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Home » Poetry, Prayers & Visual Arts » Vivian T. Pomeroy: Prayers

Vivian T. Pomeroy: Prayers


God of All Life, we thank You for our lives and for all they hold of happiness and work and play.

We thank You for the morning and evening skies of a land where citizens can speak out.We thank You for friendship, for those who look kindly upon us even when we fail, and who help to bring us back to our bravest selves again.

We thank You for the encouragements of success, for the disciplines of failure, for the spurs of dissatisfaction, and for the creative spirit which can arise from defeat.

We thank You for the healing strength of laughter, for the gentle play of wit, and for rare splendid moments.

We thank You for prized books and music and pictures, which move the heart; for letters from those we love; and for the song long remem bered.

We thank You for the freedom which growing older each day gives us, so that we have more big things to care about, and fewer little things about which to cry.

We thank You for common joys of all kinds — the walking to sunlight through the window, the good smell of the earth on rainy days, the gift of sleep after tiring work or sport.

God of All Life, we thank You for this undaunted human life of ours; may we live ever to Your glory.


God of fire and water, joy and sorrow: as we celebrate life, we rejoice in the wonder of being loved, the fidelity of friends, and the glad surprise of being forgiven. We are grateful for the strength to forget what is not worth remembering and for the power to remember what becomes more precious as the years go on.


God of the wind and sand, sun and moon, joy and beauty, loneli ness and sorrow:

We thank You for the magic in our human lives often turning our drabness into gold.

We thank You for the wonder of being loved;

for the fidelity of friends;

for the glad surprise of being forgiven;

for the strength to forget what is not worth remembering;

for the power to remember things which become more pre cious as the years go on;

for the discovery that in the darkness there are presences which are hidden from us by the light.

Touch into living flame again the hearts which have grown weary with the weight of things; and when duty tires, grant us the love which goes gladly all the way.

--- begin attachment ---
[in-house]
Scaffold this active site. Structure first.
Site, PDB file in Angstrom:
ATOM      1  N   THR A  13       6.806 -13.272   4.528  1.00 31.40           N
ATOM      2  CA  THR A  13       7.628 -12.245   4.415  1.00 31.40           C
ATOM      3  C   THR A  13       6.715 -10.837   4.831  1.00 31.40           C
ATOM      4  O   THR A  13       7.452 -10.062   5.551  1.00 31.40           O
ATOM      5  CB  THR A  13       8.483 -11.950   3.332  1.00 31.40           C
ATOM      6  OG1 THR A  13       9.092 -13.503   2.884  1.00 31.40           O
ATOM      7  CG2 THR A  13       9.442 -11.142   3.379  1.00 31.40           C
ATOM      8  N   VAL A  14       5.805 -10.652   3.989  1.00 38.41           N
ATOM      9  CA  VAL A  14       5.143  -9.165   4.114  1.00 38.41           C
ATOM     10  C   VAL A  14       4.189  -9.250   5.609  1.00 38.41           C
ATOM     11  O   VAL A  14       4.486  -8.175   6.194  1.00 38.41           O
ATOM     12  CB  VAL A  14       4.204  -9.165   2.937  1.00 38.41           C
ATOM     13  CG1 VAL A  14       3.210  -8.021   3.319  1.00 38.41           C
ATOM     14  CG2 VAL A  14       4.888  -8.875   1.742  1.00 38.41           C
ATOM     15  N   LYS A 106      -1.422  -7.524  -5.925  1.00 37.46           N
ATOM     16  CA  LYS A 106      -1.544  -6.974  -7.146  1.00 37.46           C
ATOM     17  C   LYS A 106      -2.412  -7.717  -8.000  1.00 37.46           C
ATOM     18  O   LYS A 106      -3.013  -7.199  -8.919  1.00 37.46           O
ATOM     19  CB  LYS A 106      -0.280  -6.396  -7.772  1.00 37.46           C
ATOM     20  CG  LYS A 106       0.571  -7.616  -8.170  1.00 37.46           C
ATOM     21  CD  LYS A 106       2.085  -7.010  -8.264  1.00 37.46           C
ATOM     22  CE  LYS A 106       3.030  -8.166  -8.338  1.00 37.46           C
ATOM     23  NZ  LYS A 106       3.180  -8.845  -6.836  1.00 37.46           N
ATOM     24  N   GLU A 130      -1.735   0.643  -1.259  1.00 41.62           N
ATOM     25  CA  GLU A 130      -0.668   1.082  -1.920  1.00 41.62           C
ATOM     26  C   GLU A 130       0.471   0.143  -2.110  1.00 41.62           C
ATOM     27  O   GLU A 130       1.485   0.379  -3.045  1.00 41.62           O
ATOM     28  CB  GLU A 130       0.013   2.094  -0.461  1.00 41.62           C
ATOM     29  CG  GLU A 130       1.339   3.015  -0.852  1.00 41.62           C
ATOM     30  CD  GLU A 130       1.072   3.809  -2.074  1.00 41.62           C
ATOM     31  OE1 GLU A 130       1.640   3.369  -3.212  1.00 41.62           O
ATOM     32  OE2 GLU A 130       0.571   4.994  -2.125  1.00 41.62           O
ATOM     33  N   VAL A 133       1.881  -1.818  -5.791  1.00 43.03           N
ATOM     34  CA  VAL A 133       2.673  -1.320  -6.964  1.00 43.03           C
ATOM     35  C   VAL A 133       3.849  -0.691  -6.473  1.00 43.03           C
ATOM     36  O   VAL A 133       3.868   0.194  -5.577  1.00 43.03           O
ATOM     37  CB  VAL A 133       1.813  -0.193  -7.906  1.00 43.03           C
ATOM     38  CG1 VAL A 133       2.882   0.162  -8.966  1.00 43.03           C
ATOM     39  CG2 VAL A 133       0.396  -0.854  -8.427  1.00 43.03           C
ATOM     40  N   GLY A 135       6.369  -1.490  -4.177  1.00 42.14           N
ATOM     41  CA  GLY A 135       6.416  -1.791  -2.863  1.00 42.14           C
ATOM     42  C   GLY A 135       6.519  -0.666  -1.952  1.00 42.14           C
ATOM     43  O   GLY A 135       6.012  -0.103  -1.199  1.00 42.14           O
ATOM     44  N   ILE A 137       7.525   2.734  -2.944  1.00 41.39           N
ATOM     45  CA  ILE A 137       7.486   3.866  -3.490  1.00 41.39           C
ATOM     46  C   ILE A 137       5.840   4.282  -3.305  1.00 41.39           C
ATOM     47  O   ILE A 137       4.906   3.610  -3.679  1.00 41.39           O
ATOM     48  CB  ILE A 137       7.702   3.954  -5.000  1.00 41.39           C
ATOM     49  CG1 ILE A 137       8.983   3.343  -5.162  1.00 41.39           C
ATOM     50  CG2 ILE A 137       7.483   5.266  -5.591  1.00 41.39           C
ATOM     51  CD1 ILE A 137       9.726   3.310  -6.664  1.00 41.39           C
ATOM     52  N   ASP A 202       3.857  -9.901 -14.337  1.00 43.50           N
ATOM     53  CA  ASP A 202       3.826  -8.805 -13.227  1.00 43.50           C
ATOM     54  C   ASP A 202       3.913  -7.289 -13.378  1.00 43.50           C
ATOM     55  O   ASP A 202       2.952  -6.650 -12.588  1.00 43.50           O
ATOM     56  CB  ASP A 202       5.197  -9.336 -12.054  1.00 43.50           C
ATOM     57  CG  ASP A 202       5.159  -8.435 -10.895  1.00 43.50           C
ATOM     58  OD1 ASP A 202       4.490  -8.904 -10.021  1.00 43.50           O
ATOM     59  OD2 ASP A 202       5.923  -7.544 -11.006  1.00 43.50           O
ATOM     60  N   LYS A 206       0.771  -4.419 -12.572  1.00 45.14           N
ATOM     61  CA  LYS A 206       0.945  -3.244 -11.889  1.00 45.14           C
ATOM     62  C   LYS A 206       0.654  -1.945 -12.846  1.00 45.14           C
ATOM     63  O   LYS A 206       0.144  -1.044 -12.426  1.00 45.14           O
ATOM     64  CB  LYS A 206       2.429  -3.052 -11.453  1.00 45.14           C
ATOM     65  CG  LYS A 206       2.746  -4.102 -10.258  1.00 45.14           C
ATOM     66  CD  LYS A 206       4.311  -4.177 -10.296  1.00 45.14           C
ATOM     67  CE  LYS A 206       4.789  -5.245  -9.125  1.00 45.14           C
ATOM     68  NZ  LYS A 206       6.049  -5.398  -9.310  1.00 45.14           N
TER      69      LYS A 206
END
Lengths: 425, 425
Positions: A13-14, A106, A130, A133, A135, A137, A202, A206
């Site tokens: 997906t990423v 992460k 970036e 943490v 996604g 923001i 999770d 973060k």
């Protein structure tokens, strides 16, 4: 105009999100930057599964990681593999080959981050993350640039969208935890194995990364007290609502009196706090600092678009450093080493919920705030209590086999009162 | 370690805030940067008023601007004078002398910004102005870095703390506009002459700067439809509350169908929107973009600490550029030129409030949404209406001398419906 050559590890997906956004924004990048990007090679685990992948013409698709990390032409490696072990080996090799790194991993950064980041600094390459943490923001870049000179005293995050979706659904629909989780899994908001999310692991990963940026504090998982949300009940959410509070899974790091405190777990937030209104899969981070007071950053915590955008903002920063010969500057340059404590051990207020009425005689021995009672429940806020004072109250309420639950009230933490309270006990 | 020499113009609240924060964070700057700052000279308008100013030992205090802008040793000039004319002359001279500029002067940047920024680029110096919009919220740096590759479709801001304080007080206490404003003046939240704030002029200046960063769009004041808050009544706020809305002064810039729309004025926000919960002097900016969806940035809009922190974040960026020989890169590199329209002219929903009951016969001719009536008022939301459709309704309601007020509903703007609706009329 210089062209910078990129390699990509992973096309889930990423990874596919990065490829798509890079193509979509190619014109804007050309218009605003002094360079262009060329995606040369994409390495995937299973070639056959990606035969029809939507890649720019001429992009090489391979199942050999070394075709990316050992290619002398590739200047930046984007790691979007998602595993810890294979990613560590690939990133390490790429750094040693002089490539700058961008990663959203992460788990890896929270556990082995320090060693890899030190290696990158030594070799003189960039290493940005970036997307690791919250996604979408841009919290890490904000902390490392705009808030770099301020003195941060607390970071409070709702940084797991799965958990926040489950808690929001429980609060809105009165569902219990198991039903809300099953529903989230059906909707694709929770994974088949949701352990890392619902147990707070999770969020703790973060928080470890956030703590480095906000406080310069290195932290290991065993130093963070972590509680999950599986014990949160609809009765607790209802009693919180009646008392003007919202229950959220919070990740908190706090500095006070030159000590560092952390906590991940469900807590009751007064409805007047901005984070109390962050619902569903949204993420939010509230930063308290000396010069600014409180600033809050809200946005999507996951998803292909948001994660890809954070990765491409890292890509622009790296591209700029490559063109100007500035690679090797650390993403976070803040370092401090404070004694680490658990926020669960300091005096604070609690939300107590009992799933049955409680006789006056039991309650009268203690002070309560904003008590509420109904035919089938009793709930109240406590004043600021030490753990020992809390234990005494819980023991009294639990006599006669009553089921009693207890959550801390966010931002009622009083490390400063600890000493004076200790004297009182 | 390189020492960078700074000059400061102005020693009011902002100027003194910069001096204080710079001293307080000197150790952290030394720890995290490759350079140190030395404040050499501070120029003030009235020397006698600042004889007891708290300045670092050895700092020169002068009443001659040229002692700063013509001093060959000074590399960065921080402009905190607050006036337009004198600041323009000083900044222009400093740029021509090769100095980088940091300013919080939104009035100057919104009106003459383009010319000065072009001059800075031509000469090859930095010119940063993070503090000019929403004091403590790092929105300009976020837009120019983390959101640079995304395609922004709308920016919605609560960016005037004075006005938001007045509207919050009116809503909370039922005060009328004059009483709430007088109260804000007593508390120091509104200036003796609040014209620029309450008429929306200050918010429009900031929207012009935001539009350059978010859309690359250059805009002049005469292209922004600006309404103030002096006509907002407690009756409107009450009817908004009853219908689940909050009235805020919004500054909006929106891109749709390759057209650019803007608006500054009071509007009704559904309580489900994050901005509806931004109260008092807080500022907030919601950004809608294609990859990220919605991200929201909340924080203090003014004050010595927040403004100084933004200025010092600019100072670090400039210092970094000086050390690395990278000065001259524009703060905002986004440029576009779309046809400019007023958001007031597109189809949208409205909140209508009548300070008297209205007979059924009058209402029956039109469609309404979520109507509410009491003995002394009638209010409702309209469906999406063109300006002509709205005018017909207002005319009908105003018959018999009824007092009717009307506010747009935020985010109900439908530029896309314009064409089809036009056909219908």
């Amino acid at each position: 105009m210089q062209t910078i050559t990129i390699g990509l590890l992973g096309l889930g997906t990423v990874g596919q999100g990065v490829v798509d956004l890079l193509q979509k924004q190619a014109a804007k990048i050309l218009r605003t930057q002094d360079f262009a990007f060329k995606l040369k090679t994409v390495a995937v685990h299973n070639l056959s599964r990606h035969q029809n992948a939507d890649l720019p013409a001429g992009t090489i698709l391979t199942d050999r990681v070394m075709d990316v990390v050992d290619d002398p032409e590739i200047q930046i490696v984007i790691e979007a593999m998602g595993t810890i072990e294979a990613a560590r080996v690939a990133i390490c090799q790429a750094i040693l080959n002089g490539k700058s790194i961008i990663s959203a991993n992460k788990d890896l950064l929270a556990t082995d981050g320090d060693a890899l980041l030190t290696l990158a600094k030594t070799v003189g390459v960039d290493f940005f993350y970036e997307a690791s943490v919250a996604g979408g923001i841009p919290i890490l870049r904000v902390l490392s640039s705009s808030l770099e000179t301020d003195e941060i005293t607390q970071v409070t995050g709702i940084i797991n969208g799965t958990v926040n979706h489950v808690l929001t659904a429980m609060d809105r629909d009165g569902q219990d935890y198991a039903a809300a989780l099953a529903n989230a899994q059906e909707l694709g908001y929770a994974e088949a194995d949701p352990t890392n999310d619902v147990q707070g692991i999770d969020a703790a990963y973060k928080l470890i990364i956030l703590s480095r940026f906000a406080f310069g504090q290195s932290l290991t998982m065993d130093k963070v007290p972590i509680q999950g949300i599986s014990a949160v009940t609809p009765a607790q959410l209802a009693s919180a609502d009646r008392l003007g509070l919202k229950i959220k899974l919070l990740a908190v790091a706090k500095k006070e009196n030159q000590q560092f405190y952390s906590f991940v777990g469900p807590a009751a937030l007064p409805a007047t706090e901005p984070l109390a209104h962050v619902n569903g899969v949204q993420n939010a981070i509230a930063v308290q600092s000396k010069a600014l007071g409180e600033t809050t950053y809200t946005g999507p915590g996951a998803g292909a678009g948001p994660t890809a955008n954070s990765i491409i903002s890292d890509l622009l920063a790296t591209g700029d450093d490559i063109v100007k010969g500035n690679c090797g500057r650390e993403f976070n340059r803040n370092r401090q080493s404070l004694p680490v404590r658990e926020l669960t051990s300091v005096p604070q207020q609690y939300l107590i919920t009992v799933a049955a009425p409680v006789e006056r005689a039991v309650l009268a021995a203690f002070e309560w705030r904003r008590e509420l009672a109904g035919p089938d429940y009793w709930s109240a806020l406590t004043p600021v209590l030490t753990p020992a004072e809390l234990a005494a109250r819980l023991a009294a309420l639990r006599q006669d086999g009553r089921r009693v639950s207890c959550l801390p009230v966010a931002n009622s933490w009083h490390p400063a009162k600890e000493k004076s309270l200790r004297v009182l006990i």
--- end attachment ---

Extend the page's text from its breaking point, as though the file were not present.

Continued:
Deathless Light of the World, may this day fill up all its blue in our hearts, whatever it may bring to our skies. May we live it as those for whom all the yesterdays mark some better way than leads to dusty death. May we march with a song; may our feet be shod with a fine hard faith in living; and may we win at least some little token of the eternal from the fleeting hours.

We bless You for the work we have to do, and for our measure of health with which to do it; and for the spirit’s assurance that even by the weakest, there is always something to be done. If doing without must be our portion, may we accept it with the valor of a decisive act.

We bless You for the hopes which struggle out of our most wretched failures; for the chagrin which disturbs our shallow successes; and for the secret laughter which is somewhere in our bitterest tears.

We bless You for the constant love of those with whom we dwell; for the friends who remain faithful even in their woundings; and for the surprising kindness we often meet from strangers.

We bless You for those before us who sacrificed to benefit us, and for the host of chivalry, beyond number or name, whereby the giving has never ceased and never shall.

O True Light of Life, we lift this day to You.


O God, our home and also our long way; our rest and our ongoing courage; our haven and our saving hope, we praise You for this mortal life.

We praise You for the flow of time on which all things pass;

We praise You for the spirit in us greater than the flowing tide;

We praise You that there are grand moments better than a thousand days;